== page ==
At some point between 10 p.m. and 3 a.m., Officer Sleep comes by and tells the barista to shut things down for the night. In the case of a midday nap, Officer Sleep rushes in and all the writers freak out. “Well it’s not finished yet, but I guess here’s a fricken daydream for yuh.”

Baristas vary in terms of how frequently they forget to lock up the coffee shop. When they forget, the town goblin stops by and creates havoc. He switches tomorrow’s playlist to Ke$ha’s “Your Love is My Drug.” He scribbles together a twisted nightmare for the night and paints a naked picture of someone you never, under any circumstances wanted to imagine naked.

The final important building is the self-esteem center. This is basically one ongoing pep rally dedicated to everything you’ve done well in your life. Think that Starbucks Hank commercial. They hang banners and fill trophy cases with all of your accomplishments from first steps to college diploma.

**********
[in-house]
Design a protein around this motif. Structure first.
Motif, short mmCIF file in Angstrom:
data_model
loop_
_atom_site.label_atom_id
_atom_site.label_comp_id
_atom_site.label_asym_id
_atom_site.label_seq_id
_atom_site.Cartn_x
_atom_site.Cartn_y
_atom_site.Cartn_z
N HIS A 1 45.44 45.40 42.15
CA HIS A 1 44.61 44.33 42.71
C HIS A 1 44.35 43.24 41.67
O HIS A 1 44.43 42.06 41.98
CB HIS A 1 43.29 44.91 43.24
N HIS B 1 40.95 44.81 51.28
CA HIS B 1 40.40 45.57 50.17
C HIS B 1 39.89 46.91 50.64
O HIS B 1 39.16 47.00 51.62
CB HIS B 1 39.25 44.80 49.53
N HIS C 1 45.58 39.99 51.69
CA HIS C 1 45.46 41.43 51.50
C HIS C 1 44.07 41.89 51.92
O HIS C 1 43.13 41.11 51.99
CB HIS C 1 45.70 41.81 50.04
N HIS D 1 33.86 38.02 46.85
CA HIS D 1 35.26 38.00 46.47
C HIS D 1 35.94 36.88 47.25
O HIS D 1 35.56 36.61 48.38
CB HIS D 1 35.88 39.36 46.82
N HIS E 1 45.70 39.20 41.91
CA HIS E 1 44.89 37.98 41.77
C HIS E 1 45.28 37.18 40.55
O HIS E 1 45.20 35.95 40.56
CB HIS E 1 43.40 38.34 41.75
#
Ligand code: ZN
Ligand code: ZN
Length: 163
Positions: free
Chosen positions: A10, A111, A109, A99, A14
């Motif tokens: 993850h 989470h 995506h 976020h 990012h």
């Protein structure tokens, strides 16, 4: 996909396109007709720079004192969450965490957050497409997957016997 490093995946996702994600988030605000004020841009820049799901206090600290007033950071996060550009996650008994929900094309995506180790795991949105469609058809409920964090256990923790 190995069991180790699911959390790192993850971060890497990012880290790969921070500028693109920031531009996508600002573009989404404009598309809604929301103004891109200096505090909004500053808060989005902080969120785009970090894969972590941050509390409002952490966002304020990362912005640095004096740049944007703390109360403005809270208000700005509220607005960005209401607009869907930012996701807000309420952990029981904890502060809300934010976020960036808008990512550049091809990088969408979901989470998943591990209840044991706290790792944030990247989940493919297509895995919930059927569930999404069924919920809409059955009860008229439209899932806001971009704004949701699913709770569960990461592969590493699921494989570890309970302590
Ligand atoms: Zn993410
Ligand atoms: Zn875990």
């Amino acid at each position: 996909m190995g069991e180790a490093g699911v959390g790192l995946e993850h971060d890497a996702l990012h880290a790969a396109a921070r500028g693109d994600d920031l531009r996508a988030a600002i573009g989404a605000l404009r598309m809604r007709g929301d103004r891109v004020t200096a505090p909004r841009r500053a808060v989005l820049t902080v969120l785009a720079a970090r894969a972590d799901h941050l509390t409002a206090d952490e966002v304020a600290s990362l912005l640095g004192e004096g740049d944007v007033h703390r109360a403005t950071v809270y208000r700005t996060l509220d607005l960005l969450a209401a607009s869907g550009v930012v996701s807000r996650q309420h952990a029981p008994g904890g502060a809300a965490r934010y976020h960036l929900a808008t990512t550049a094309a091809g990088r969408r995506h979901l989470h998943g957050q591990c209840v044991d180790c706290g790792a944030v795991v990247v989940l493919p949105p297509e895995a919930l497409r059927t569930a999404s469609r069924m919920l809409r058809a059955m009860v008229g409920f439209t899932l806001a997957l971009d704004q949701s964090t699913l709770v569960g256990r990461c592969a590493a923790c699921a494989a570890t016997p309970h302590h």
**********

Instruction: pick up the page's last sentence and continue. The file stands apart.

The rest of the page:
When you fail at something, this is the first group to have your back. They don’t believe you can fail or do anything wrong.

It was someone else’s fault. The officer had a personal vendetta against men who drive red Ford Focuses. The other team’s fans are only making fun of your rec-spec goggles because they’re all jealous.  

As always, the goblin tries to corrupt their gatherings. He sneaks in from time to time and posts failures on the bulletin board. In the case of a basketball player, during a free throw, the entire self-esteem center goes quiet and right at the last moment before the ball’s released, the goblin rushes in like the guy in Happy Gilmore to shout, “You will not make this shot, yuh jackass!”